Movie soundtracks spawn sequels, even if the movie hasn't
DOUBLE BILL: Compulsive record-store browsers may have noticed a bemusing new trend: the proliferation of soundtrack sequel albums to movies that never had a sequel. A flip through the racks at HMV Records in Manhattan turned up Trainspotting 2, Dead Presidents II, Hackers 2, More Songs From Grosse Pointe Blank, More Songs From Romeo and Juliet, and More Music From Romy and Michele’s High School Reunion. And with Boogie Nights II slated for a Jan. 13 release, inquiring minds want to know: What’s the deal?
In truth, releasing two volumes of a soundtrack isn’t unprecedented (remember More Songs From Dirty Dancing?). Still, ”It feels new because soundtracks have become such a dominant force,” says Walt Disney Motion Pictures Group president of music Kathy Nelson, who’s been compiling soundtrack albums for more than a decade. Indeed, movie music is big business: Of the 12 soundtracks currently on the Billboard 200, 5 have gone platinum, and 6 have done time in the top 10. ”Soundtracks are almost a genre unto themselves,” says Nelson.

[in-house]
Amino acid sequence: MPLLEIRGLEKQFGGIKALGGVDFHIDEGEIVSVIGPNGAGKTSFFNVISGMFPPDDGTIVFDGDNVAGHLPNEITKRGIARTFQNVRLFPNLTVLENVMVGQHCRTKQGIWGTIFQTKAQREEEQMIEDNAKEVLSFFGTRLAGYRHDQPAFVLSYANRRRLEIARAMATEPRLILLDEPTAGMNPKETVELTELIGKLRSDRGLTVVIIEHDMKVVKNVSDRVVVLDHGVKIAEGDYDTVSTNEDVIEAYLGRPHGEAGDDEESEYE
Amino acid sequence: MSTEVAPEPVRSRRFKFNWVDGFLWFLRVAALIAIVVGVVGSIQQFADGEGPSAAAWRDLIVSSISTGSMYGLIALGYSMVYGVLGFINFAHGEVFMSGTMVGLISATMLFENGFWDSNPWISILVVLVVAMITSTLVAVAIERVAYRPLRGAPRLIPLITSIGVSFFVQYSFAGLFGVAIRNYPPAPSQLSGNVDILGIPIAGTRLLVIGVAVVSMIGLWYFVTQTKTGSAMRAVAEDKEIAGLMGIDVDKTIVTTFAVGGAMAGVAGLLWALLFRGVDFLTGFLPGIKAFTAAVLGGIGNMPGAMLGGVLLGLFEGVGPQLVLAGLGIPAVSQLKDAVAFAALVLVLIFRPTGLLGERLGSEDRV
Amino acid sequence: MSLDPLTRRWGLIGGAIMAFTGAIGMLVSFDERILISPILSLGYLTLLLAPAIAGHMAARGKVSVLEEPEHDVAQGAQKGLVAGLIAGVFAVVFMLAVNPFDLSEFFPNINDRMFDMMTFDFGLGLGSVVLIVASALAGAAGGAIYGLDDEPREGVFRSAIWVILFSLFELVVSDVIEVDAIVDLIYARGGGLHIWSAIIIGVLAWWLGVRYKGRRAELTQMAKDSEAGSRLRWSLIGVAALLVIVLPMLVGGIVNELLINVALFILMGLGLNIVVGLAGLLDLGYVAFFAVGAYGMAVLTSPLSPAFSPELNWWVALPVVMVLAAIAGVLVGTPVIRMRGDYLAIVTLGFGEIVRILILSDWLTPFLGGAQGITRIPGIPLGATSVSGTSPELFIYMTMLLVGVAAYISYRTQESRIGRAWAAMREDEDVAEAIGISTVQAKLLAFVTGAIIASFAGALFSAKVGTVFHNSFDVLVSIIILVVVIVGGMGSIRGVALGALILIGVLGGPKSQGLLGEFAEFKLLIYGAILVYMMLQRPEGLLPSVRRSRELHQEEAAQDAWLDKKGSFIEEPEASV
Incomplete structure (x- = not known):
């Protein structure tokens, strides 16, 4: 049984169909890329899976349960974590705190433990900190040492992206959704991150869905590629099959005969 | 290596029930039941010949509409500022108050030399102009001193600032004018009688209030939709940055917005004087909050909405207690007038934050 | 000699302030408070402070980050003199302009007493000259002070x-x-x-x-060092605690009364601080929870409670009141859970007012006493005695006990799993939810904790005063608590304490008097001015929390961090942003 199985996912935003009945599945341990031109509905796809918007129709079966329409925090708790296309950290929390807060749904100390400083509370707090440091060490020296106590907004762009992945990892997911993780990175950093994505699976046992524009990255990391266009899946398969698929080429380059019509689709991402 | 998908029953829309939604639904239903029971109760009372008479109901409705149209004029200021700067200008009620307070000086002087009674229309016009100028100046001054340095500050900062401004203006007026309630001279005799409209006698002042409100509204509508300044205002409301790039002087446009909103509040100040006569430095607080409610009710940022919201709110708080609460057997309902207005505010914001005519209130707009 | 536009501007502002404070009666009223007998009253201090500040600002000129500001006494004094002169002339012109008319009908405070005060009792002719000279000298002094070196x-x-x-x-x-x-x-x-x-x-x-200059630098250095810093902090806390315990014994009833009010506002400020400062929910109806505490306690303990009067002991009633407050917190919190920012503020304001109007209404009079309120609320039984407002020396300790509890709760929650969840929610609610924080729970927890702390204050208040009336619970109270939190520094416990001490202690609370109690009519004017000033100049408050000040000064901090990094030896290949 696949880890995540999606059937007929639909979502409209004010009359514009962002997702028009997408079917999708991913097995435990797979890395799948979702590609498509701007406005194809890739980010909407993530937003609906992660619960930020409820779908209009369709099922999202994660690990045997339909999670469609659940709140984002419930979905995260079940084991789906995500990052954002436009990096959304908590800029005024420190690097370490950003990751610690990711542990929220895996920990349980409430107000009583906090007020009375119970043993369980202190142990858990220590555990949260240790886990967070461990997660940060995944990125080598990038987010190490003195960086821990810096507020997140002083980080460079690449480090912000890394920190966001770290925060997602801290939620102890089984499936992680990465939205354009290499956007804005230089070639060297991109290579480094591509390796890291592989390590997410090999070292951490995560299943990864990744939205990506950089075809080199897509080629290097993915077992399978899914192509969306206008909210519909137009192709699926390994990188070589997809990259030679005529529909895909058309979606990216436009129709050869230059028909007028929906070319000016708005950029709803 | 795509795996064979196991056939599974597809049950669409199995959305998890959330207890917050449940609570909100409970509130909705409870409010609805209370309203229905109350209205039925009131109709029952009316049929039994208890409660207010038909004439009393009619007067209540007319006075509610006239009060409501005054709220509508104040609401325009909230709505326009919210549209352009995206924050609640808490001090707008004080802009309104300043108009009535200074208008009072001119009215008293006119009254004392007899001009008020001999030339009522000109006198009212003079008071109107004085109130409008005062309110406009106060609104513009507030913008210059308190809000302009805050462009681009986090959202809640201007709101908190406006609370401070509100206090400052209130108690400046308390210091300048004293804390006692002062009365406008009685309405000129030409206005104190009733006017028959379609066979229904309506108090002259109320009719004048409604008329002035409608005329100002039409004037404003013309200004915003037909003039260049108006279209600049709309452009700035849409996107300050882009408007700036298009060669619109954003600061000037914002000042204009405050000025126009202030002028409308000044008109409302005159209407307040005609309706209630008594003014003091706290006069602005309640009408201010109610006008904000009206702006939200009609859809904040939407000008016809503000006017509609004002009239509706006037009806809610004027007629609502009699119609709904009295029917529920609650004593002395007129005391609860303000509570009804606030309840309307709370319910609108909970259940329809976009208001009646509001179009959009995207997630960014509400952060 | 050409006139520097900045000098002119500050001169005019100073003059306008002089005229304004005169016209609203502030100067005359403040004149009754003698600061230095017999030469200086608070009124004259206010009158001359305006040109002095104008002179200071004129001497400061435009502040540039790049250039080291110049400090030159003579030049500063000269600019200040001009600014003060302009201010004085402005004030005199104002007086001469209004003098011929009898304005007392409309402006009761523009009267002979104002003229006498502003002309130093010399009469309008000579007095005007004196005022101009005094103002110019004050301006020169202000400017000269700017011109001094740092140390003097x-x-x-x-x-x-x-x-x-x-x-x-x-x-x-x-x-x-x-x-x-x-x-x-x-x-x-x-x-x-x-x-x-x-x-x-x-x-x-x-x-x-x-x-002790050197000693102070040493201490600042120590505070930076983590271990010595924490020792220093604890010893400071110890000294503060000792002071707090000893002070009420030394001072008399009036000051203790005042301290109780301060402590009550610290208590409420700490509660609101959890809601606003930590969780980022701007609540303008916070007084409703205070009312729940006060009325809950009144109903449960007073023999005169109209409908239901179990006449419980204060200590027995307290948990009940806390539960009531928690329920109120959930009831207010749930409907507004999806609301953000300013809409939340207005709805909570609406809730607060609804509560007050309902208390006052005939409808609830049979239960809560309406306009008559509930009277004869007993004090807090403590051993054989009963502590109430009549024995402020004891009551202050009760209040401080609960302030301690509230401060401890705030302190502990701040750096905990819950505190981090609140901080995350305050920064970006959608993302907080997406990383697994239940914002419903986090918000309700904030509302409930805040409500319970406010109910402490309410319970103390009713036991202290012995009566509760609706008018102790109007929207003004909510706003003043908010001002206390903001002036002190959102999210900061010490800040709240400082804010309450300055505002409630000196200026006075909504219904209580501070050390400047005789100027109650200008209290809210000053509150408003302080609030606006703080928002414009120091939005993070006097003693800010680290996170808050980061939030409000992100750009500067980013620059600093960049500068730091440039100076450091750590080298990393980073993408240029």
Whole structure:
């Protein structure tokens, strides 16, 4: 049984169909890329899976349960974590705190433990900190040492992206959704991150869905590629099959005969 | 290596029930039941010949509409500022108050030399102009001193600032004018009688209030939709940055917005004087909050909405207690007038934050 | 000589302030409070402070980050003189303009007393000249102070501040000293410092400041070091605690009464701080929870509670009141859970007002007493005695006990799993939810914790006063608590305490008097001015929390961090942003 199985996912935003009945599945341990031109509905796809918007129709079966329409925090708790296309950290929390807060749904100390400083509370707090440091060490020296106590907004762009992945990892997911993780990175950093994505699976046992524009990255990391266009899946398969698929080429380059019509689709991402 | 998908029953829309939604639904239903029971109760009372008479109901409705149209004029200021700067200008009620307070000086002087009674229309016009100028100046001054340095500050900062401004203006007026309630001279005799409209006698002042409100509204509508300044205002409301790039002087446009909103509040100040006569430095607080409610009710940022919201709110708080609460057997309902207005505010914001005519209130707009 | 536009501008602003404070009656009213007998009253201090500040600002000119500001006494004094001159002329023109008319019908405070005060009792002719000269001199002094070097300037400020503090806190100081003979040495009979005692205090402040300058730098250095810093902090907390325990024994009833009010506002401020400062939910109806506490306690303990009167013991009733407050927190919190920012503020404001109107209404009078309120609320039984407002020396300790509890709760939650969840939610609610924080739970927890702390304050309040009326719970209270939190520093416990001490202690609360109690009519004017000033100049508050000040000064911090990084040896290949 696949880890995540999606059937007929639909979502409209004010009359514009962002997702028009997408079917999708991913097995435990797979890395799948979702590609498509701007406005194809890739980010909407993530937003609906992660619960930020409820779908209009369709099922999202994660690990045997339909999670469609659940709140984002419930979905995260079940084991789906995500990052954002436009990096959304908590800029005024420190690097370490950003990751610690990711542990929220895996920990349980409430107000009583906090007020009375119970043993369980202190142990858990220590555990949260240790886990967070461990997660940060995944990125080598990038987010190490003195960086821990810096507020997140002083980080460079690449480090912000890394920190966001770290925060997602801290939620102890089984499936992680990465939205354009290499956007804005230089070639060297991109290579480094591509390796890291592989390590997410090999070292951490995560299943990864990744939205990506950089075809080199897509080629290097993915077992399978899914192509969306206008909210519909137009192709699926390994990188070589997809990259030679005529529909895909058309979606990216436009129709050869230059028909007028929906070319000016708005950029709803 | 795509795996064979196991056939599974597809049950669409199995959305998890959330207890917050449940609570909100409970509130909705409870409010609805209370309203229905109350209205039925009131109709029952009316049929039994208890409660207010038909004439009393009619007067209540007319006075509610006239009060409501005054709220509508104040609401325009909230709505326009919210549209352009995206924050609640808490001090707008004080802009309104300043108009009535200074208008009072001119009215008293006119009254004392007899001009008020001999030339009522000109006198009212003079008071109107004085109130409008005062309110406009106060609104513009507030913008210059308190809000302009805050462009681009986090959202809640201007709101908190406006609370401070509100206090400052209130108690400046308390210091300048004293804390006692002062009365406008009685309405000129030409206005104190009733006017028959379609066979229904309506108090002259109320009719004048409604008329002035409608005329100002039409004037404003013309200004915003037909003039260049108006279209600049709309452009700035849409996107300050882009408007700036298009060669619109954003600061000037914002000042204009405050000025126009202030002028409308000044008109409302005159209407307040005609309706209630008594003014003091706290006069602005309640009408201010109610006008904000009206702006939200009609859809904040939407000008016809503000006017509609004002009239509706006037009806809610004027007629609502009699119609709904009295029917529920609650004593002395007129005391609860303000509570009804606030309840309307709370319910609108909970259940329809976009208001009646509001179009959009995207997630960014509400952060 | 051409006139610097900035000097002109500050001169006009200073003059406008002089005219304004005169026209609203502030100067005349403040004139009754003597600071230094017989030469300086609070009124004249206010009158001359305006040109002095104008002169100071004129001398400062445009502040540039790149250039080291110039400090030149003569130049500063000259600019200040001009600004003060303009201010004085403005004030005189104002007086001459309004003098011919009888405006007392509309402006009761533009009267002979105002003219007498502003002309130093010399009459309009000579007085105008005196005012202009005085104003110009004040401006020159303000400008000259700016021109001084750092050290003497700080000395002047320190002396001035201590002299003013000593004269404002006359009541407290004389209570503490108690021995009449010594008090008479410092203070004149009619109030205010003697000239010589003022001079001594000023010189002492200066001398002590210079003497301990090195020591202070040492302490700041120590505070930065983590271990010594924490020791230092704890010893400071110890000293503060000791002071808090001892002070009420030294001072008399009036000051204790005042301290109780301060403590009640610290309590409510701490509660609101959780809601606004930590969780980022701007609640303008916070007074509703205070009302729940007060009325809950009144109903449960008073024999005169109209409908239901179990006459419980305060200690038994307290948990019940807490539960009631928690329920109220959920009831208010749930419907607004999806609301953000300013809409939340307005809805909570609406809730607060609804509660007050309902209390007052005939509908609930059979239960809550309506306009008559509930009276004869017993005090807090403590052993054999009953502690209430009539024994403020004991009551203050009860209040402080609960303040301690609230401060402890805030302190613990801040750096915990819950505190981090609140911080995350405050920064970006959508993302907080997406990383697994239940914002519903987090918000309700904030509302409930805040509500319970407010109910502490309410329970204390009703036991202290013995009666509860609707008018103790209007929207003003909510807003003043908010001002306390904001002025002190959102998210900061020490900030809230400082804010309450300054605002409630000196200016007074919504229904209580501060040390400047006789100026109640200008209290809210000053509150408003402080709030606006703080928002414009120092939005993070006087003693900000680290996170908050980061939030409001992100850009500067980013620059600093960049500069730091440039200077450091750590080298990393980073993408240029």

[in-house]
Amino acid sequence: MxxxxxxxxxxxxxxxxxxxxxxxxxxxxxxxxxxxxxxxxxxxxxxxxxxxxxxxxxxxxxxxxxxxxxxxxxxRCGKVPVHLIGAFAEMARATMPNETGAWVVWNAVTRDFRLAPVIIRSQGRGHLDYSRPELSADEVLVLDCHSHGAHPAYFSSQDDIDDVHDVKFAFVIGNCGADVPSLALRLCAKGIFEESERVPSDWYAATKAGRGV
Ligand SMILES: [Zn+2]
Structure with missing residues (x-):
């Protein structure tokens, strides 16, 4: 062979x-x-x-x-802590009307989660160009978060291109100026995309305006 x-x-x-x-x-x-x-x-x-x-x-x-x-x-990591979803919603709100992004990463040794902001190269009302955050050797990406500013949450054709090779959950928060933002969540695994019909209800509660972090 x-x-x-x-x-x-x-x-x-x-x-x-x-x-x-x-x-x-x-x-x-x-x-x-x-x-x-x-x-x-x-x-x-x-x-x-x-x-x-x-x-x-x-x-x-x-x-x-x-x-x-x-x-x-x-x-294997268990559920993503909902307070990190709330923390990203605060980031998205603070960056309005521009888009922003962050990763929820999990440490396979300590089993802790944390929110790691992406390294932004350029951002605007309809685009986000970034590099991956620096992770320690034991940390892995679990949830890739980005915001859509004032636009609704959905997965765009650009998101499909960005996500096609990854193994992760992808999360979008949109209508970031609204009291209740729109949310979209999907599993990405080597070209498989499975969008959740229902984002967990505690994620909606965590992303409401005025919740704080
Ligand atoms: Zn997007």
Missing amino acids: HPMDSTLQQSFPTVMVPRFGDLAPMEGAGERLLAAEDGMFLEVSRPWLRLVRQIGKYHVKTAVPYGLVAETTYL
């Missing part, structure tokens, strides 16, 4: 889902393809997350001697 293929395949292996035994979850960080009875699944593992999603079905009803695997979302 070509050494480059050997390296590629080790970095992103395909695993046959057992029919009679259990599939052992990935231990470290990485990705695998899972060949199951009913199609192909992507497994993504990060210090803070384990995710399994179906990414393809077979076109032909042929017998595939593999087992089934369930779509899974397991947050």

But does that justify the glut of sequels? Some claim it does—if there’s enough good music. In the case of Grosse Pointe Blank, ”there were a lot of great songs from the movie we weren’t able to put on the first record,” says Sharlotte Blake, senior director of London Records. ”After the initial album did so well [276,000 copies to date, according to SoundScan], we decided to put out another one to coincide with the film’s release on home video.”
Okay. But what about those soundtracks—like Trainspotting 2—that come loaded with songs never used in the film? ”That’s pure greed,” scoffs Hollywood Records executive Mitchell Leib, who co-compiled both Romy and Michele albums. ”That’s labels trying to generate more sales by capitalizing on a movie that hit a pulse.”
Good or bad, expect to see more soundtrack sequels in the months ahead. And while no label has yet released a third soundtrack album pegged to a film, don’t rule out the possibility. ”Honestly, if Romy and Michele had had 10 more songs in it, we’d be putting out a volume 3,” admits Leib. ”Believe me, there is a market for it.”